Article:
Alternative Methods Sour Mashing is a method that eliminated the cooking step. Initially, it is very inefficient, however the same grains are used over and over until a complete conversion is obtained.
Sour Mash Recipe For a 5 gallon mash: 5 gallons soft, filtered water.water 7 lbs cracked corn. 6-8 pieces/kernel is the proper crack.corn 7 lbs of granulated sugar.sugar 1 tbsp yeast (distillers yeast if available.)yeast January 2, 2008:http://homedistiller.org/wiki/index.php/Uncle_Jesse's_Simple_Sour_Mash_Method
Theory The conversion of starches to sugars is a natural process, accelerated by cooking. An uncooked mash will convert starches to sugars but much more slowly and less efficiently. The added sugar will ferment easily and will provide most of the alcohol in the beer. January 2, 2008:http://homedistiller.org/wiki/index.php/Uncle_Jesse's_Simple_Sour_Mash_Method
The first distillation run will be a "sweet" run since there will not be any backset to use for sour mashing. It is recommend that the spirits collected in the first run be used as feints for the next run.backsetspiritsfeints January 2, 2008:http://homedistiller.org/wiki/index.php/Uncle_Jesse's_Simple_Sour_Mash_Method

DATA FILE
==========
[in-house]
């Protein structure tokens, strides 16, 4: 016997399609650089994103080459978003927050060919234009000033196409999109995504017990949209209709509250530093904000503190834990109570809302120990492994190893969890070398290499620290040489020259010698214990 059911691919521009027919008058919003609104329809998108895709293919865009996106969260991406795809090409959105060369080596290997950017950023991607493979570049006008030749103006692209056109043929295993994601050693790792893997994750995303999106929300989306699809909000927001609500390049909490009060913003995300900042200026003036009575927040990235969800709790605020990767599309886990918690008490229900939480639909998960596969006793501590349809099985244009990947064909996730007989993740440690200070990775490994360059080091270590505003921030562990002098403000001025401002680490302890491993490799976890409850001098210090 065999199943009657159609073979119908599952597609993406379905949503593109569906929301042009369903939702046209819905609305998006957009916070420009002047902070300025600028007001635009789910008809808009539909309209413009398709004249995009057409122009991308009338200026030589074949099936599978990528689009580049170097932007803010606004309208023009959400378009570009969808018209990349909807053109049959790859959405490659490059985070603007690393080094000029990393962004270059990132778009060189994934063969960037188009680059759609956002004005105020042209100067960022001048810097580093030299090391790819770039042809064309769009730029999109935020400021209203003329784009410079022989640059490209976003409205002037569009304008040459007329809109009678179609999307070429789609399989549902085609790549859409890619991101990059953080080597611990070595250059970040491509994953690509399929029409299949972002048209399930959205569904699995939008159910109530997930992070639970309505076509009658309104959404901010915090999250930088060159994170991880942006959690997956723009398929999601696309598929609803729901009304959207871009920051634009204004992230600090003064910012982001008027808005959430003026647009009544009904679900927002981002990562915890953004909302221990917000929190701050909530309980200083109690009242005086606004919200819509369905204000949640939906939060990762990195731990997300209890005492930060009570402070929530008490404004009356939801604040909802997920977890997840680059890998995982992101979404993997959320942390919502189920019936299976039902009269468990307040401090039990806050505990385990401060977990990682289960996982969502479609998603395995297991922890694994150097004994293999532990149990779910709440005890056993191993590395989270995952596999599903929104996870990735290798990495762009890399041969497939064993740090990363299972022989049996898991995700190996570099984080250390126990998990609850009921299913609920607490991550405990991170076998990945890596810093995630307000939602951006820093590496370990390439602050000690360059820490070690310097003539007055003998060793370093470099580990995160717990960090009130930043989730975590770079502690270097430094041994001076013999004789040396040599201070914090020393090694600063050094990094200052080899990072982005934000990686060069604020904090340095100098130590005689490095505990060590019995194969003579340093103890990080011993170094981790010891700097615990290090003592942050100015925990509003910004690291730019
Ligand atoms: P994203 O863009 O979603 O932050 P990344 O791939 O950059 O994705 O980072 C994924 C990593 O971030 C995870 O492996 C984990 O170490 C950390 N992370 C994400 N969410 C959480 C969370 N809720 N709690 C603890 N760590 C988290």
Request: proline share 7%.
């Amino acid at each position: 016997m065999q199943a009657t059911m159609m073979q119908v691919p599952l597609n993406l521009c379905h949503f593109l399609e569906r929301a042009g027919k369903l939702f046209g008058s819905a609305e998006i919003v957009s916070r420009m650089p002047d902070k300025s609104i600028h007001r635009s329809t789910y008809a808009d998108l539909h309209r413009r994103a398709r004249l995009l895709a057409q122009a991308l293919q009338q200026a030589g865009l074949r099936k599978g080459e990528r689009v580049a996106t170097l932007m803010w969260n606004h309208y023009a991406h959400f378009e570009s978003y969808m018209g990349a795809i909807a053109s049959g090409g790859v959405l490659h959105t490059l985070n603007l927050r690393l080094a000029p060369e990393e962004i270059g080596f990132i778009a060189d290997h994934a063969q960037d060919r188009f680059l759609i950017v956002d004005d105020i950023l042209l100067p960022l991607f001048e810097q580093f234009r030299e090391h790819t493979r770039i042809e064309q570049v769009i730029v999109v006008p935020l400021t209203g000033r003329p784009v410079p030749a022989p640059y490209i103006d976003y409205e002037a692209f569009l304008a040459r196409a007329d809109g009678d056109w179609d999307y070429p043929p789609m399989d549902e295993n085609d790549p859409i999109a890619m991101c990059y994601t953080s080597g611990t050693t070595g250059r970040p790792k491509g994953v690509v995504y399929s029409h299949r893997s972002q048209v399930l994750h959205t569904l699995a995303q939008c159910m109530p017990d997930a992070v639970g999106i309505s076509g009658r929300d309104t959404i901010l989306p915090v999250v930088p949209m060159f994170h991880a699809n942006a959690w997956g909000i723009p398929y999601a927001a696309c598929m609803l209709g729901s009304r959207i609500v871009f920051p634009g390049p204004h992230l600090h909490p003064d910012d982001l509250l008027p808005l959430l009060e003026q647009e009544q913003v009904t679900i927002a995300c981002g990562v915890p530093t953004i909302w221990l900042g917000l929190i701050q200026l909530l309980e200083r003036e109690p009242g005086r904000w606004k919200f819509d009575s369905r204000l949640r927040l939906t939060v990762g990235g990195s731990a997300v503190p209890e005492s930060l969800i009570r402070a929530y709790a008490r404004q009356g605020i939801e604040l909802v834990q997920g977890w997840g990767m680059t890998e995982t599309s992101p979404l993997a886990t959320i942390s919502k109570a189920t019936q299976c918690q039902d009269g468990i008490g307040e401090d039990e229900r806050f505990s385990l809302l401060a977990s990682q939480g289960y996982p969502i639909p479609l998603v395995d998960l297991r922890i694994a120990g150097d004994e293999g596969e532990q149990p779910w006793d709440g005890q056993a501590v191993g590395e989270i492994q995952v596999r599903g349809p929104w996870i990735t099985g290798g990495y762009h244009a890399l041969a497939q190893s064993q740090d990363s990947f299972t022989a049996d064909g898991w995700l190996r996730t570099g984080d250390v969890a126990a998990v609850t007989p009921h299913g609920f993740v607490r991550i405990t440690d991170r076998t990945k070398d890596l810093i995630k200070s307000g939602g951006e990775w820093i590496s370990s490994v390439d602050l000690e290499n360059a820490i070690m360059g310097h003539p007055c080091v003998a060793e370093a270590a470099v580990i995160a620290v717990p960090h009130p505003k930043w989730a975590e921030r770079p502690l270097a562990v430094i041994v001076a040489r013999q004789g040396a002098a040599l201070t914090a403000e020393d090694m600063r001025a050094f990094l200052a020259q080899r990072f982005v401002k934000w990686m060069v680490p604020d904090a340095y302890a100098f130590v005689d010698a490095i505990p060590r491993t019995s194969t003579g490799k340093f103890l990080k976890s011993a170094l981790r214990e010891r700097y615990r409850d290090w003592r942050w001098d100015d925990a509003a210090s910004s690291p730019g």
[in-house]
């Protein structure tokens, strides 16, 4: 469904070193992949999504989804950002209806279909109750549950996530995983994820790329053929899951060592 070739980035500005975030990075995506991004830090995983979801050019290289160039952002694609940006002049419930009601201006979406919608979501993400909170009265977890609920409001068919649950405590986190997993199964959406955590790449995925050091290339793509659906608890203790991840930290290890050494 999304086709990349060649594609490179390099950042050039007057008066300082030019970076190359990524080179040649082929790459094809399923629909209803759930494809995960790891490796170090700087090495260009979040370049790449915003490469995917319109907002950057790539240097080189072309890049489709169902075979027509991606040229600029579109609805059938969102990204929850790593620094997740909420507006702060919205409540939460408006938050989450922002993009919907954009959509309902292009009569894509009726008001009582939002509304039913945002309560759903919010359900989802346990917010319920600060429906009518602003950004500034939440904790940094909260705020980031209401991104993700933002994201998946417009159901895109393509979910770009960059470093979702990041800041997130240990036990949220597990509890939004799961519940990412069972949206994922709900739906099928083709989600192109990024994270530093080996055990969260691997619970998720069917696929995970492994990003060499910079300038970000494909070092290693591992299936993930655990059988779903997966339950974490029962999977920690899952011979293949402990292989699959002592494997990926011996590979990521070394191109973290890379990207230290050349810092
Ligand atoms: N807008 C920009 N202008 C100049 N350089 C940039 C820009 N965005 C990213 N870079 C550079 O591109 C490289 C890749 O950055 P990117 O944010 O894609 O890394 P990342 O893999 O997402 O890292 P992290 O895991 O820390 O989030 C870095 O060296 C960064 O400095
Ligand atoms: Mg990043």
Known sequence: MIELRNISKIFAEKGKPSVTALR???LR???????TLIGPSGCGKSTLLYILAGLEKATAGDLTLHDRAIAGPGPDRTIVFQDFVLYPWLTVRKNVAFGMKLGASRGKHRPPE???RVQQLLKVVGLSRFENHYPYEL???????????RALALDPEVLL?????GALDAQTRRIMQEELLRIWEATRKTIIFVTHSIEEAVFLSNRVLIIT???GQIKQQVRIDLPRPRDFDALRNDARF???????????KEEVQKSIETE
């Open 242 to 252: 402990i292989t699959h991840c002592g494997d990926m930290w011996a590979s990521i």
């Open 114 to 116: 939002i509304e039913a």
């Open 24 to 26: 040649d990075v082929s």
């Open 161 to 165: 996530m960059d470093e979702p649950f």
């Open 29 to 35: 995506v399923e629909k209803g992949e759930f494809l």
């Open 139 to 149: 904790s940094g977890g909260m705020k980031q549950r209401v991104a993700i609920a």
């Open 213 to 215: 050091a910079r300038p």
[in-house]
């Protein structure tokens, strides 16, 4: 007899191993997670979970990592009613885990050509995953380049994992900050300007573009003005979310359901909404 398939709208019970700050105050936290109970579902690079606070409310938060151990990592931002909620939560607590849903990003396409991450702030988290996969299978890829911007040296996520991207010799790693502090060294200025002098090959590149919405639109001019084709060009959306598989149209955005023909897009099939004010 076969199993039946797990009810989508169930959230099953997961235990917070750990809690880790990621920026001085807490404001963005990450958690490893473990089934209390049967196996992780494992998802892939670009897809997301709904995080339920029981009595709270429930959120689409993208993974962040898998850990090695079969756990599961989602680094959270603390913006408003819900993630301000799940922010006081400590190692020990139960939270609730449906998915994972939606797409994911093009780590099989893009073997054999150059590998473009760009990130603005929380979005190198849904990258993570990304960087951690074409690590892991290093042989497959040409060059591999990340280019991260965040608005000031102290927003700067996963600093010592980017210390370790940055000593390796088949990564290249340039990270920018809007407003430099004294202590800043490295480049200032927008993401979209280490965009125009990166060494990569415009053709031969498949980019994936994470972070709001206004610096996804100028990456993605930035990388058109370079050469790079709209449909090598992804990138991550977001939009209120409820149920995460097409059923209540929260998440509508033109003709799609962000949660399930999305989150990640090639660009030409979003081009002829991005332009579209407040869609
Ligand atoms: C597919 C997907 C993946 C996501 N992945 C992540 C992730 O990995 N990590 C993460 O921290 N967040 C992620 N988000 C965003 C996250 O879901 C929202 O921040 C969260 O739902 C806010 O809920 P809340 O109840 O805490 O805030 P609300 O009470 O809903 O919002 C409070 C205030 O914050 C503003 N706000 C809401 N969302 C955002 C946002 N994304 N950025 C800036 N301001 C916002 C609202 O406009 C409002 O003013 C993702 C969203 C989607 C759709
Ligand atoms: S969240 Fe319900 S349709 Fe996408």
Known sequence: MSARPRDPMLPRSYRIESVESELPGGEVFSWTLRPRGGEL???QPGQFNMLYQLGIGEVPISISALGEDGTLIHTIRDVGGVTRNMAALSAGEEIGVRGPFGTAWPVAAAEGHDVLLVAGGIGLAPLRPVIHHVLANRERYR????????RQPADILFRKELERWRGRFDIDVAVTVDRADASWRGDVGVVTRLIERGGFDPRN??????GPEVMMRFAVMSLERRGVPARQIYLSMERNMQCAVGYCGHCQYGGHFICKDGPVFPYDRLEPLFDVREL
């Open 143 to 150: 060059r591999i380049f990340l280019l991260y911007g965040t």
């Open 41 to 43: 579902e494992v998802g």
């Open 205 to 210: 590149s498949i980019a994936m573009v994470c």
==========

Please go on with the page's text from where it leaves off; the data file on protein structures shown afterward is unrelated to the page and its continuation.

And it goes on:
First Fermentation Put ingredients into the fermenter in the order listedfermenter Fermentation should start in 6 to 12 hours. Fermentation It should take 3 or 4 days for the ebullition to end.ebullition Siphon your beer out of the fermenter with a racking cane and charge your still.beerracking canecharge January 2, 2008:http://homedistiller.org/wiki/index.php/Uncle_Jesse's_Simple_Sour_Mash_Method
Start with 25% backset (liquid left in the boiler after distillation). This means that for a 5 gallon mash you will use 1-1/4 gallons of backset and 3-3/4 gallons of water. January 2, 2008:http://homedistiller.org/wiki/index.php/Uncle_Jesse's_Simple_Sour_Mash_Method
Put 3-3/4 gallons of water back into the fermenter so the yeast won't die. Scoop off the spend corn and replace with an equal volume of new corn. Add 1-1/4 gallons of backset and 7 more pounds of granulated sugar.backset January 2, 2008:http://homedistiller.org/wiki/index.php/Uncle_Jesse's_Simple_Sour_Mash_Method
Fermentation Krauskopf,K.(2003).The Physical Universe,11 th edition.McGraw-Hill: Boston. Yeast is used to convert sugar to alcohol. The byproduct is carbon dioxide.